Ali Modami was in a batting cage last week, as he is almost every day eight months out of the year, when he was approached with a question he gets often from someone he never imagined would ask.
“Hey, do you want to throw?” Ken Griffey Jr. asked.
Of course, Modami said, trying hard to hide his excitement as he played catch with Griffey, Team USA’s hitting coach and a Hall of Famer that Modami, along with millions of other kids, idolized in the 1990s.
“My 12-year-old self would’ve s— myself,” Modami said jokingly. “And then him and Mike were in there talking. I would’ve paid millions of dollars to hear that conversation. Two of the greatest players to ever play. I’m just blessed to be here.”
Mike, of course, is Mike Trout. The superstar center fielder and left-hander Aaron Loup are the two Angels on Team USA’s roster for the World Baseball Classic. But they aren’t the only people representing the organization on the American squad.
Modami also left the Angels last week to join Team USA as a batting practice pitcher, which, by definition, makes him one of the best at what he does in this country, too.
“Guys love the way he throws it in there,” Team USA and Dodgers third base coach Dino Ebel said. “And he’s left-handed. That’s rare.”
Modami, 42, is a former ballplayer himself. Born in New York City, he moved to Scottsdale in high school and played baseball at Oklahoma State. He batted .267 with a home run in 86 at-bats his senior year. A short indy ball career followed. His playing days ended in 2005.
“I played hard,” Modami said. “Loved the game. Short on talent. I was good, but I couldn’t forget an 0 for 4. My 0 for 4 would be an 0 for 12.”
To stay in the sport, he started regularly going to a training facility in the Phoenix area, where he ended up throwing batting practice to major leaguers. One was Pat Burrell, a slugger with the Philadelphia Phillies at the time. Eventually, Modami found out the Phillies needed a batting practice pitcher. He flew out there for a tryout and was given the job.
He spent five years with the Phillies before Jayson Werth, who left Philadelphia for the Washington Nationals, brought him to Washington. Modami threw thousands of pitches for the Nationals for nine years. In 2021, with a push from Anthony Rendon — who had left Washington the previous year — Modami joined the Angels.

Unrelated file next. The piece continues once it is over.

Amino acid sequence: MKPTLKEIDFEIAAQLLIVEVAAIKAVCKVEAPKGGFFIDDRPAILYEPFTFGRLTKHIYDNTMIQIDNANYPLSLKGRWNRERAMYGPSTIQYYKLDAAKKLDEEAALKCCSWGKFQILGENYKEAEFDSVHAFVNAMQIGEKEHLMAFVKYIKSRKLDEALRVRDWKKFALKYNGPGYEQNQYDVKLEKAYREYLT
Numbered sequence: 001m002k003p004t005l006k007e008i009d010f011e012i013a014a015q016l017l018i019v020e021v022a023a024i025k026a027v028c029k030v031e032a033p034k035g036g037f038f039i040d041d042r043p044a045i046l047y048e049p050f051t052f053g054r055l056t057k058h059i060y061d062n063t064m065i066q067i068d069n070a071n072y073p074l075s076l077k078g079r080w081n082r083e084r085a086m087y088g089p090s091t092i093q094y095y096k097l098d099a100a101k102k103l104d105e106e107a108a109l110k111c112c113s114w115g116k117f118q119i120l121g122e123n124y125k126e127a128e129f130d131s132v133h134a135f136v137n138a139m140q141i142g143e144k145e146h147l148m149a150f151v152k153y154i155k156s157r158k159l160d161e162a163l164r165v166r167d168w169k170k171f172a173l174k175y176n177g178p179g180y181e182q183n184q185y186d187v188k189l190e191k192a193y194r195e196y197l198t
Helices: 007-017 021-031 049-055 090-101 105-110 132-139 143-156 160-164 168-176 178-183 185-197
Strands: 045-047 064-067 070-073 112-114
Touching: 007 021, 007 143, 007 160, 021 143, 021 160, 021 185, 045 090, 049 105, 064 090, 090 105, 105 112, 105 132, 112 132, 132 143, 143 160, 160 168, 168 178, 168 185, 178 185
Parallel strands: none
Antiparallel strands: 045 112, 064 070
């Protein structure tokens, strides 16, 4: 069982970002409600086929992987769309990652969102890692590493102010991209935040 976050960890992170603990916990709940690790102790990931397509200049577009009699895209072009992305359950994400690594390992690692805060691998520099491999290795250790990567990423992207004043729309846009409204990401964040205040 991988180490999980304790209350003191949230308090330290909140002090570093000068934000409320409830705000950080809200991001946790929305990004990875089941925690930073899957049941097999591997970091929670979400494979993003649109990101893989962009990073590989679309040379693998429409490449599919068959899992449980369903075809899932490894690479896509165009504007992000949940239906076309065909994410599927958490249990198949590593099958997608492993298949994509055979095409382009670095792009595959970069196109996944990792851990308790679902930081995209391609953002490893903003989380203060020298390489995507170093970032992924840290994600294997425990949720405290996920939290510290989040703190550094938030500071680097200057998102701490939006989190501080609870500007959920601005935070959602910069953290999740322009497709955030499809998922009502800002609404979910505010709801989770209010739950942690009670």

“I don’t like hitting left-handed BP throwers,” said Team USA shortstop Trea Turner, who spent parts of five seasons hitting pitches off Modami in Washington. “Him and [former Nationals hitting coach] Kevin Long are the only two left-handers that I’ve ever really liked hitting off of.
“It’s just a perfect four-seam and he wants to be great out there. He wants to prepare you and he puts in the effort. So, it’s nice when you have somebody that cares. And he’s a good dude. Everyone loves him.”
Modami said all that time spent with players leads to trust. He’s not their hitting coach, but he sees thousands of swings. He can tell if something is wrong so he’s frequently asked for input. It becomes part of the job. One day, he said, he would like more responsibility — maybe as an assistant hitting coach.
Team USA manager Mark DeRosa first met Modami as a player in 2012, his only season with the Nationals — the 15th of his 16-year career. Injuries limited DeRosa to 48 games and plenty of rehabilitation time in the cage with Modami. A friendship was forged. They stayed in contact over the next decade.
Last year, DeRosa, an MLB Network analyst in his first-ever stint as a manager, pushed for Modami to be invited to join Team USA. In November, Modami got the call from Team USA general manager Tony Reagins.
“He was unbelievable,” DeRosa said.
The game has evolved during Modami’s time in the majors. Players’ gameplans are more tailored than before, and they step into the box with specific requests. Pitchers are throwing harder than ever so hitters want more velocity in batting practice to prepare. That means Modami moving closer to simulate the speed or players opting for a throwing machine.
“But some guys don’t like the machine because of the timing factor,” Modami said. “They like to see the arm stroke. So it’s just a little bit of both. Some days you throw a couple hundred pitches. Some days 300. It just depends.”
All those pitches — thousands and thousands over 15 years — have taken a toll. Modami said he didn’t need any arm care until 2017. His arm never hurt. Then it did. So trainers gave him a program he still uses. He lifts light weights or bands one day and ices his arm the next throughout the season. It’s erased the pain.
“It’s funny,” Modami said. “I played first base. We don’t throw at all, and my arm hurt every day. Now it never hurts.”
Modami has thrown to some of the biggest stars in the sport. Bryce Harper and Shohei Ohtani have put on batting practice shows with his pitches. Others used the pregame sessions to hit the ball to particular areas. Ryan Howard liked hitting groundballs to shortstop. Daniel Murphy always tried to rip one line drive up the middle.
His consistency and durability led to an opportunity he never imagined possible, throwing batting practice for the greatest group of American position players ever assembled for an international event and a certain superstar he grew up revering. He’s been a member of two World Series teams in his career — one each in Philadelphia and Washington. Another championship is within reach this month.
“To wear this uniform,” Modami said, “is a dream come true.”